Thrombosis is associated with inferior survival in multiple myeloma.
ABSTRACT Patients with multiple myeloma are at an increased risk of venous thromboembolism and arterial thrombosis. We assessed the impact of venous and arterial thrombosis on survival in a population-based study of 9,399 multiple myeloma patients diagnosed in Sweden from 1987 to 2005. We found multiple myeloma patients with venous thromboembolism to have a higher mortality at 1-, 5-, and 10-years of follow up compared with those without, with hazard ratios of 2.9 (95% confidence interval (CI) 2.4-3.5), 1.6 (95% CI: 1.5-1.8), and 1.6 (95% CI: 1.4-1.7), respectively. There was an increase in risk of death among multiple myeloma patients with arterial thrombosis, with hazard ratios of 3.4 (95% CI: 3.0-3.8), 2.2 (95% CI: 2.0-2.3), and 2.1 (95% CI: 1.9-2.1), respectively. In landmark analyses at six months, early arterial but not venous thromboembolism was associated with a higher risk of death. Thus, in contrast to prior smaller studies, we found the development of thrombosis to be associated with significantly poorer survival. The prevention of thrombosis in multiple myeloma is an important goal in the management of these patients.
Article: Anti-metastatic effect of a non-anticoagulant low-molecular-weight heparin versus the standard low-molecular-weight heparin, enoxaparin.[show abstract] [hide abstract]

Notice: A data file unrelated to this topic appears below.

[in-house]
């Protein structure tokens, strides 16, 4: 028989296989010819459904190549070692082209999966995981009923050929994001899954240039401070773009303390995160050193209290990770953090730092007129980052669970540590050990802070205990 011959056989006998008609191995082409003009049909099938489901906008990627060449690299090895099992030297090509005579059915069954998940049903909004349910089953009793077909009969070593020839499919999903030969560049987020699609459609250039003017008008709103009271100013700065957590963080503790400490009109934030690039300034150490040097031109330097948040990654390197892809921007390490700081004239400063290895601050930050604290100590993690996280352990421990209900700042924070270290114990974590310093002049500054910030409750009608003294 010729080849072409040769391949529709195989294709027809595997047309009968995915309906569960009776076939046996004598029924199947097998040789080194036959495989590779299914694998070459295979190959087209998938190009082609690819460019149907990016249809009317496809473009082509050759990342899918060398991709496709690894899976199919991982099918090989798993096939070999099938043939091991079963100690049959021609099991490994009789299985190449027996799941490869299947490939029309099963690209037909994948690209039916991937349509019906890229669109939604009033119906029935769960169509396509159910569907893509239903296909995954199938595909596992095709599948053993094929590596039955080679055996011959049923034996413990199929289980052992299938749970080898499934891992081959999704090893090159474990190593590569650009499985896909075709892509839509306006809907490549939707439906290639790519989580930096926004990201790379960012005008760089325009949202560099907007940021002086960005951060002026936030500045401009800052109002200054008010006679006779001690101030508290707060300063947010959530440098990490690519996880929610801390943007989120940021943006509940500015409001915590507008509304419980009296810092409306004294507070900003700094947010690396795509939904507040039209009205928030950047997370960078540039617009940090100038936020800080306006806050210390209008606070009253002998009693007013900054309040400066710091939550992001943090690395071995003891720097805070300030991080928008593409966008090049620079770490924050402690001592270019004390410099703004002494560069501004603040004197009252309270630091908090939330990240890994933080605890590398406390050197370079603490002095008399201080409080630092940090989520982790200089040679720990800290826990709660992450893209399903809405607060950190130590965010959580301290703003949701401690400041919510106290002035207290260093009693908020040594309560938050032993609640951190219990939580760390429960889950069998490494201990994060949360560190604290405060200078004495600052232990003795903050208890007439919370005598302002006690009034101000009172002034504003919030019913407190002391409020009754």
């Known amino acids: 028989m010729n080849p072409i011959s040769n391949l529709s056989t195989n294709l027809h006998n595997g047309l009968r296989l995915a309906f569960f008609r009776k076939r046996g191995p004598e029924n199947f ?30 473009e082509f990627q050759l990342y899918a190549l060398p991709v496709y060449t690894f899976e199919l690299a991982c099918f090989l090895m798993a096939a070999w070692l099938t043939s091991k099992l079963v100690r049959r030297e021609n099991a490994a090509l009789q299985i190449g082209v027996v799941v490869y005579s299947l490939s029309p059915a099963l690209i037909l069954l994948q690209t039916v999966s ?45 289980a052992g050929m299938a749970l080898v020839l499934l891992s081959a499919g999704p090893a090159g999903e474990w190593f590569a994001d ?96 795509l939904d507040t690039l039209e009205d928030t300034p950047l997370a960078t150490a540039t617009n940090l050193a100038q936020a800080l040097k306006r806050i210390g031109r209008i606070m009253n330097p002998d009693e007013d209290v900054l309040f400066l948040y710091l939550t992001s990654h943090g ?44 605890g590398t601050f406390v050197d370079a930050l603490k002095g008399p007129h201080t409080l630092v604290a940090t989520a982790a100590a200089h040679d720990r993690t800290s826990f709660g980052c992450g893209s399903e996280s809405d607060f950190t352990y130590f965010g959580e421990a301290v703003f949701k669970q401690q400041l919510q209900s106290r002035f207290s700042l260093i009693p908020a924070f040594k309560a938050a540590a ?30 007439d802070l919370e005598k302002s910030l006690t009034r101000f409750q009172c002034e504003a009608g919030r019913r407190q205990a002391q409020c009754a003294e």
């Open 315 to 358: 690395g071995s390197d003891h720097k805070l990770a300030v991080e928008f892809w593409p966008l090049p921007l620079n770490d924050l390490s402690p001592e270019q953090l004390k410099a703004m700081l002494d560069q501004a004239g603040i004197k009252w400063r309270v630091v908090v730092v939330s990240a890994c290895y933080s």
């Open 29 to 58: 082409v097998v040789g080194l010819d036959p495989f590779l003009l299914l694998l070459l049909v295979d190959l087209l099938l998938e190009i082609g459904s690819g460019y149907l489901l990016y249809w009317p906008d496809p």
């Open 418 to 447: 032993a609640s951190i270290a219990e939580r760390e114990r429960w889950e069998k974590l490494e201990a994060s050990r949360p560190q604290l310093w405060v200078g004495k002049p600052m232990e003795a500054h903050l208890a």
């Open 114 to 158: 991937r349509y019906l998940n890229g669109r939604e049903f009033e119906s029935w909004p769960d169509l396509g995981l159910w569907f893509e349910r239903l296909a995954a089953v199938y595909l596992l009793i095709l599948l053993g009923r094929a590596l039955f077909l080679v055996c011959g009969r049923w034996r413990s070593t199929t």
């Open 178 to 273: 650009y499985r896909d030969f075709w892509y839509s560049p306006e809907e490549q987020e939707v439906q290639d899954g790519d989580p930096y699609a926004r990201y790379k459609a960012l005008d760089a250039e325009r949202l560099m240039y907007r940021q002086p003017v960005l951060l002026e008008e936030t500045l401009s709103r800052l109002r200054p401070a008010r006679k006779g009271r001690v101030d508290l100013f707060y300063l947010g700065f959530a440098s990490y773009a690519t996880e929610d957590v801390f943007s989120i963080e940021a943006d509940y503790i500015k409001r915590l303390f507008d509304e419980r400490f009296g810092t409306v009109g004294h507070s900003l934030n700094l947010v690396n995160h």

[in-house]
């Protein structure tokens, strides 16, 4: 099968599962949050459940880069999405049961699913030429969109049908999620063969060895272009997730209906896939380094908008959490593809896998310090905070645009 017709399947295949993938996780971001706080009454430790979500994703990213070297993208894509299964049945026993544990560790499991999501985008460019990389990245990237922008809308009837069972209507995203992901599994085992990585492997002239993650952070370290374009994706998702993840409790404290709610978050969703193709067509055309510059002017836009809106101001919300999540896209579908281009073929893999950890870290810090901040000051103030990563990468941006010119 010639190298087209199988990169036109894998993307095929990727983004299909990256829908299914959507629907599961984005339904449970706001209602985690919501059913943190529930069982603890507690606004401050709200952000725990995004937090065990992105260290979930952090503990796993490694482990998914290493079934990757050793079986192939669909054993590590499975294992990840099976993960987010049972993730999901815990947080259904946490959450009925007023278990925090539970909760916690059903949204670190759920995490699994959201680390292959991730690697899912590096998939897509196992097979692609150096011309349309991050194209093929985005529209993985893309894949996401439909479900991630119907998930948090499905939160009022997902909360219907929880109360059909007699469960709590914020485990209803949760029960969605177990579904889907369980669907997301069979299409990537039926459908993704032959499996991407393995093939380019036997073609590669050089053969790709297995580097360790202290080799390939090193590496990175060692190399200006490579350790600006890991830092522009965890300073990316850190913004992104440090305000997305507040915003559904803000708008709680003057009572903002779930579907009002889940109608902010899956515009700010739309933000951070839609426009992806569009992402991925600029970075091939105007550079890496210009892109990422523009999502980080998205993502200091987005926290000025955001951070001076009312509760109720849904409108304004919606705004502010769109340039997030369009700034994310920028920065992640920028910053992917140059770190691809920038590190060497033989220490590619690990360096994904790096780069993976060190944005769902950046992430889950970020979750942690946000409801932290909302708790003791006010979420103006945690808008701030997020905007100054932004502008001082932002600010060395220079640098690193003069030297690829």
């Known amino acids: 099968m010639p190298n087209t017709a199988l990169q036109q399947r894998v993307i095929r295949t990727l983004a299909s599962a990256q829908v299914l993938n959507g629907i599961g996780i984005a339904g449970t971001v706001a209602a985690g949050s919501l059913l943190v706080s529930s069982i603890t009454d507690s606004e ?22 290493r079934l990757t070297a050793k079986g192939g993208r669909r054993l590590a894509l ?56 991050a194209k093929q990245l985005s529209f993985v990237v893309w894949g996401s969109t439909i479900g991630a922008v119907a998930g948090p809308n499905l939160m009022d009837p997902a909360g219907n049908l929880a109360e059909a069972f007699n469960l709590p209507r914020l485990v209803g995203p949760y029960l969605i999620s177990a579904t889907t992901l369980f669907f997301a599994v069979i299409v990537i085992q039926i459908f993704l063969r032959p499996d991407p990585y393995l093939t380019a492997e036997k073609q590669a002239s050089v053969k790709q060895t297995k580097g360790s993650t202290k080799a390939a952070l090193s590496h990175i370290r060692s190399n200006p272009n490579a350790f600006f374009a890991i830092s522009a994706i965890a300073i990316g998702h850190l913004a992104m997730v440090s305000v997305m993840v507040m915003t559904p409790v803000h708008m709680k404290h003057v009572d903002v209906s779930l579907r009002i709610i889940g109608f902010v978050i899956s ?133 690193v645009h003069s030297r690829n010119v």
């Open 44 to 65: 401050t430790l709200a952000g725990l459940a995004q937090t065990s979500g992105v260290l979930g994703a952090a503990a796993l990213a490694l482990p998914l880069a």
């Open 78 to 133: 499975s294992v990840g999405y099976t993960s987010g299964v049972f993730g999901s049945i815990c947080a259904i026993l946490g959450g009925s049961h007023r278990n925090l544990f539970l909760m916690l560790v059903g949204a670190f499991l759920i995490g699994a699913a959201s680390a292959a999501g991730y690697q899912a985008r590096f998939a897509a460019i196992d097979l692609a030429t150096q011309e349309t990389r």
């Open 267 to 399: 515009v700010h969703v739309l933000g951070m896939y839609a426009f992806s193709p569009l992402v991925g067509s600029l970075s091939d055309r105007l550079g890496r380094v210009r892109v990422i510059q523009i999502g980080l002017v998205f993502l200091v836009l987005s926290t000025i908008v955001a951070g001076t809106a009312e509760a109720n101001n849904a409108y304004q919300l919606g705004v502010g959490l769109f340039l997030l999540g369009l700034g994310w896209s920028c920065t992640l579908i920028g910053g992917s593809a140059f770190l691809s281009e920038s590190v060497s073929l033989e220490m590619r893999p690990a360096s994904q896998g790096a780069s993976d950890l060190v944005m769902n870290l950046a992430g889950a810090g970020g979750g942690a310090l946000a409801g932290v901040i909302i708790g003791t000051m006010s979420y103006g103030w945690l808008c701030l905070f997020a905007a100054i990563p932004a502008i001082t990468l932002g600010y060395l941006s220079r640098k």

ABSTRACT: Low-molecular-weight heparins (LMWH) exhibit potent anticoagulant efficacy via their plasmatic effects on thrombin and factor Xa. These agents are also effective in releasing endothelial tissue factor pathway inhibitor (TFPI), the natural inhibitor of tissue factor, and exhibit significant anti-metastatic effects in experimental animal models. However, the potential for bleeding complications has slowed down the more widespread adoption of LMWH therapy in cancer patients. In this study, the effect of a non-anticoagulant form of LMWH (NA-LMWH) on experimental lung metastasis and tumor cell-induced platelet aggregation in vivo was compared to the LMWH enoxaparin. Using the B16 melanoma mouse model of metastasis, subcutaneous (s.c.) injection of NA-LMWH or enoxaparin (10 mg/kg), three hours before intravenous (i.v.) injection of metastatic melanoma cells, followed by daily doses for 14 days, reduced lung tumor formation by 70% (P < 0.001). I.v. injection of tumor cells resulted in a significant (50-62%, P < 0.01) fall in platelet counts. Pre-injection (i.v.) of enoxaparin completely abolished the tumor cell-induced thrombocytopenia, whereas NA-LMWH had no effect. Four hours after a single s.c. dose, enoxaparin but not NA-LMWH prolonged the clotting time three-fold and delayed the time to clot initiation more than 10-fold as measured by a Sonoclot analyzer and by thromboelastography, respectively. Enoxaparin but not NA-LMWH demonstrated a significant anticoagulant effect in mice. Both NA-LMWH and enoxaparin caused similar TFPI release from endothelial cells in vitro. These data provide evidence to support the potential of NA-LMWH as an anti-metastatic agent without any significant impact on coagulation.Thrombosis and Haemostasis 12/2006; 96(6):816-21. · 5.04 Impact Factor